Health & Wellness

Osteoporosis 101

Everyone should be educated about osteoporosis. Why? Because osteoporosis affects women and men of all races. And those at higher risk of osteoporosis are Asian and white women, especially those who have already experienced menopause. For ourselves and for our loved ones, it’s important to learn about osteoporosis.

Osteoporosis is a type of bone disease that increases the risk of brittle and broken bones. Because bone is living tissue, it is constantly being replaced by new bone. When the body does not form enough new bone or when too much existing bone is reabsorbed by the body osteoporosis occurs. And if you have family members who have or have had osteoporosis, your chances may increase as osteoporosis is genetic.

Another factor related to osteoporosis is not having enough calcium and vitamin D to help build new bone tissue. According to the National Osteoporosis Foundation, here are the amounts of calcium you need every day.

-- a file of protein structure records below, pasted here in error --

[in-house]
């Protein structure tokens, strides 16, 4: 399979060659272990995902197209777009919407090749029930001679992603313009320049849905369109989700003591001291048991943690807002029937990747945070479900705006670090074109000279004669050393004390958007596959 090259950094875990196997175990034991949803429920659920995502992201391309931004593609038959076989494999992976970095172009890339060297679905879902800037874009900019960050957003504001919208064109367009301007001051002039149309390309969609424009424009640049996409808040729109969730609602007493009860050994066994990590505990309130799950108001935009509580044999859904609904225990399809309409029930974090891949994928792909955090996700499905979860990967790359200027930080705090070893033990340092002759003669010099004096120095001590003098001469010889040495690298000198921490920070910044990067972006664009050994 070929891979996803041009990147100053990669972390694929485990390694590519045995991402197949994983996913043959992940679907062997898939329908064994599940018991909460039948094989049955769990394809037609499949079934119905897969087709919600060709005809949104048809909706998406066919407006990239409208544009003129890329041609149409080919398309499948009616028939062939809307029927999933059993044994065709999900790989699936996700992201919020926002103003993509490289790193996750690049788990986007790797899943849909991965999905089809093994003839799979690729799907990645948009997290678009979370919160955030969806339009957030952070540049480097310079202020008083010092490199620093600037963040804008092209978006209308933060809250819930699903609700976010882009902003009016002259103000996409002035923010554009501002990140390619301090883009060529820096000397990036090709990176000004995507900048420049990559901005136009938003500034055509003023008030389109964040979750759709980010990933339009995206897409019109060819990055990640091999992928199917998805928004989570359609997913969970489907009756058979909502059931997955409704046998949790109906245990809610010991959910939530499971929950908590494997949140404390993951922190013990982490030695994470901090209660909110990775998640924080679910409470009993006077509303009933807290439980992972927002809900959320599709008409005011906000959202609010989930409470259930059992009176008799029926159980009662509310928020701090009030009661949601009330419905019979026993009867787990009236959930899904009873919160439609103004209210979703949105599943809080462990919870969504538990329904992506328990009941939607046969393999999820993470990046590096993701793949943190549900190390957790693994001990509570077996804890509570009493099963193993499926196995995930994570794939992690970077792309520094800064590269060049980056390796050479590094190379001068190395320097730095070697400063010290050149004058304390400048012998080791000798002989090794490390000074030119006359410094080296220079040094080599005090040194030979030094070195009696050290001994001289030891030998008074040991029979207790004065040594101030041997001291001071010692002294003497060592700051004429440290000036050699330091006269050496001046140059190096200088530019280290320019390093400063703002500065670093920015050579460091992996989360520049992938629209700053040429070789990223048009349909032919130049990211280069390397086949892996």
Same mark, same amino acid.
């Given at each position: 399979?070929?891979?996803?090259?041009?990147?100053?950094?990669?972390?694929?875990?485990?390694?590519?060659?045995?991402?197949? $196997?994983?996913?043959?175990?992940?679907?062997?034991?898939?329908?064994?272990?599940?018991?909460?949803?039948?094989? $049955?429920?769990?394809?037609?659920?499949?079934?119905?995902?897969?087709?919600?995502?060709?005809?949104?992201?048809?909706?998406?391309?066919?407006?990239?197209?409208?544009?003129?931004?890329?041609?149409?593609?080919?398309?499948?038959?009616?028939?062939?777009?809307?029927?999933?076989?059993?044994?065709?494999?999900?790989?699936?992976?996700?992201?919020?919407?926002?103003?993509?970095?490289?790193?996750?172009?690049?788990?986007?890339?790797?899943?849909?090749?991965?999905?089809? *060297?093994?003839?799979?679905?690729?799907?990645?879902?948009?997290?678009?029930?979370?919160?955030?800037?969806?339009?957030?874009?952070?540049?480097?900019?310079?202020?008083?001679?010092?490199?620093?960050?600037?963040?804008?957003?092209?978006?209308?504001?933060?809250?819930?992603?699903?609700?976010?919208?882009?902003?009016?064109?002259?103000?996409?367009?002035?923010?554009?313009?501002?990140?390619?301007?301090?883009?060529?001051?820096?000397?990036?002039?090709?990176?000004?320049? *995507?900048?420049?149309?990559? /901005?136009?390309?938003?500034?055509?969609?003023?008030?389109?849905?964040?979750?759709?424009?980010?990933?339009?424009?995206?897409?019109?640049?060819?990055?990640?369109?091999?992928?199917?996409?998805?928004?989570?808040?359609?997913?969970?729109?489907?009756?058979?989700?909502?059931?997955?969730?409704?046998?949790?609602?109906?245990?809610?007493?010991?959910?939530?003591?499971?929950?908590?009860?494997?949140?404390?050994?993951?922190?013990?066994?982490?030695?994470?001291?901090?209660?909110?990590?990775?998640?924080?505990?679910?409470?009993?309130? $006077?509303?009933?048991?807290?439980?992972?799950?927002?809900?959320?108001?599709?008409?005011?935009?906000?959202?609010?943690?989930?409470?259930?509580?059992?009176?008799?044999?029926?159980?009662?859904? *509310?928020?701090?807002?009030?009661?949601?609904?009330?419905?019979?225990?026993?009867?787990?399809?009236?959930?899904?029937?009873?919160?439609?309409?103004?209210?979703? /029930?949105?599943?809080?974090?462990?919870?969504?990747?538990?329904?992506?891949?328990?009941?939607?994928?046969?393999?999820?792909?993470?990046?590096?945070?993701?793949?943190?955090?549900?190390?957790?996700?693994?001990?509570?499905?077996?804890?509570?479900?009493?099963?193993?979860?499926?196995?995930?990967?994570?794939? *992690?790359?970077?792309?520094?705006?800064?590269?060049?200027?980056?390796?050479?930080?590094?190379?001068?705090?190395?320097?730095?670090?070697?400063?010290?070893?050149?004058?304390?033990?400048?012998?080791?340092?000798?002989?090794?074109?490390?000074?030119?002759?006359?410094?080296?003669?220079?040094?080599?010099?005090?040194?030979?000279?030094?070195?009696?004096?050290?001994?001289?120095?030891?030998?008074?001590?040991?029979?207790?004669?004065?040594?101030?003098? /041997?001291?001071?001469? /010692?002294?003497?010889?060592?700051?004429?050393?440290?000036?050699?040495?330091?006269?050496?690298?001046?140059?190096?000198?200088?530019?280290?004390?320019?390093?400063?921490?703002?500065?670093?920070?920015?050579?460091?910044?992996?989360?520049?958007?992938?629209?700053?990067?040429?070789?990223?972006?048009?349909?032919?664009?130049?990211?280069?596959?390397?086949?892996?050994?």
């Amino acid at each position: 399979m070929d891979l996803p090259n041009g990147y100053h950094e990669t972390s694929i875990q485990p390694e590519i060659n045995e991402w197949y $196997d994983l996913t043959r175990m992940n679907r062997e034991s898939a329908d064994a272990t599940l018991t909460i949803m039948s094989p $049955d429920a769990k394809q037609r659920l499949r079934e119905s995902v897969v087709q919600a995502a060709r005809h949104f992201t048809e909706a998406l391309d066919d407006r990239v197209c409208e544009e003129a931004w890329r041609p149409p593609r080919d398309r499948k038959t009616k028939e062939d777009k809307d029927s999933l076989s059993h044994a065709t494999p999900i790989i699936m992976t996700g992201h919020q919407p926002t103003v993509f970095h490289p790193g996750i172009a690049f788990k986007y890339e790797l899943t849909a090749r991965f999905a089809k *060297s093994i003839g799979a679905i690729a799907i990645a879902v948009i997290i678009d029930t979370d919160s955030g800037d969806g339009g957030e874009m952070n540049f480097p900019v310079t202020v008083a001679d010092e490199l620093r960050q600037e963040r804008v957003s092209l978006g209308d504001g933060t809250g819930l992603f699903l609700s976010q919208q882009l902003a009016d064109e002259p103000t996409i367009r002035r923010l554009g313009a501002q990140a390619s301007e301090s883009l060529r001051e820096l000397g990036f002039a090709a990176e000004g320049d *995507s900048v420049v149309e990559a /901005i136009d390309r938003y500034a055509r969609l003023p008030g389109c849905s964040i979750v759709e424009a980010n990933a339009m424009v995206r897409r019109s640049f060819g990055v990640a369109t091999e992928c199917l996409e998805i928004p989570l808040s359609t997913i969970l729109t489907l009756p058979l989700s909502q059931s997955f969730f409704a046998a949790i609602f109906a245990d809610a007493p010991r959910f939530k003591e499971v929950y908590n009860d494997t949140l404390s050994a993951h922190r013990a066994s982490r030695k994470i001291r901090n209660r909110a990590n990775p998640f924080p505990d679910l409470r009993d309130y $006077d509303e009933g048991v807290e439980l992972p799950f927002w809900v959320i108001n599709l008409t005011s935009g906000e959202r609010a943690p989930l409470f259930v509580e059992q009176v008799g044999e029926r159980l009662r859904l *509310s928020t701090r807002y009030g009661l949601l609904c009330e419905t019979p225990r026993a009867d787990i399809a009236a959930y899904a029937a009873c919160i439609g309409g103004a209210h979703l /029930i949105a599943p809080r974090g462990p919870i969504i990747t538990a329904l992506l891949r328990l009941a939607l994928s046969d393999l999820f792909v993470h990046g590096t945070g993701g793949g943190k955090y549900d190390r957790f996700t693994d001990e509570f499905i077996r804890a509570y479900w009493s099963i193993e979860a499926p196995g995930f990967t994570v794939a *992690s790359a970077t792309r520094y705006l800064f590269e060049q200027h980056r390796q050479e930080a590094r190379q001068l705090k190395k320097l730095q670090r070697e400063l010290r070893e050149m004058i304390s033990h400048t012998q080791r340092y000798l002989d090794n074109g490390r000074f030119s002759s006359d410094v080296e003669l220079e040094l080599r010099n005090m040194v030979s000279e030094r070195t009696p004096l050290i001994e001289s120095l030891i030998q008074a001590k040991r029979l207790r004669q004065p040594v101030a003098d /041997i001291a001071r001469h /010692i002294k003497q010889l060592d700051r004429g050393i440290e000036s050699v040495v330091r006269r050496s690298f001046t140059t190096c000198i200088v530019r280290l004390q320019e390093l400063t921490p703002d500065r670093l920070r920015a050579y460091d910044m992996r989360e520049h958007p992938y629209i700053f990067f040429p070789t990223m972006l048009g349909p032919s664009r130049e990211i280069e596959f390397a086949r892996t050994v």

Age 50 & younger need 1,000 mg* daily
Age 51 & older need 1,200 mg* daily


Age 70 & younger need 1,000 mg* daily
Age 71 & older need 1,200 mg* daily


*This includes the total amount of calcium you get from food and supplements.

And here are the amounts of vitamin D you need every day.

Women and Men

People under the age of 50 need 400-800 international units (IU) daily**

Age 50 & older need 800-1,000 IU daily**

**Some people need more vitamin D. According to the Institute of Medicine (IOM), the safe upper limit of vitamin D is 4,000 IU daily for most adults.

Food sources for calcium include dairy products, some green vegetables, some juices, and breakfast foods. Food sources for vitamin D include fatty fish such as wild-caught mackerel, salmon, and tuna, as well as milk and other dairy products, orange juice, and cereals that have had vitamin D added to them.

Symptoms of osteoporosis include back pain, bone fractures that happen easily, and a hunched back. Lifestyle suggestions that may help reduce the risk of osteoporosis include not smoking, reducing excessive alcohol consumption, wearing shoes that reduce the risk of falls, fall-proofing your home, exercising, and making sure that you’re getting enough calcium and vitamin D.

If you suspect you may have osteoporosis, you should see your doctor so that he or she can make an accurate diagnosis.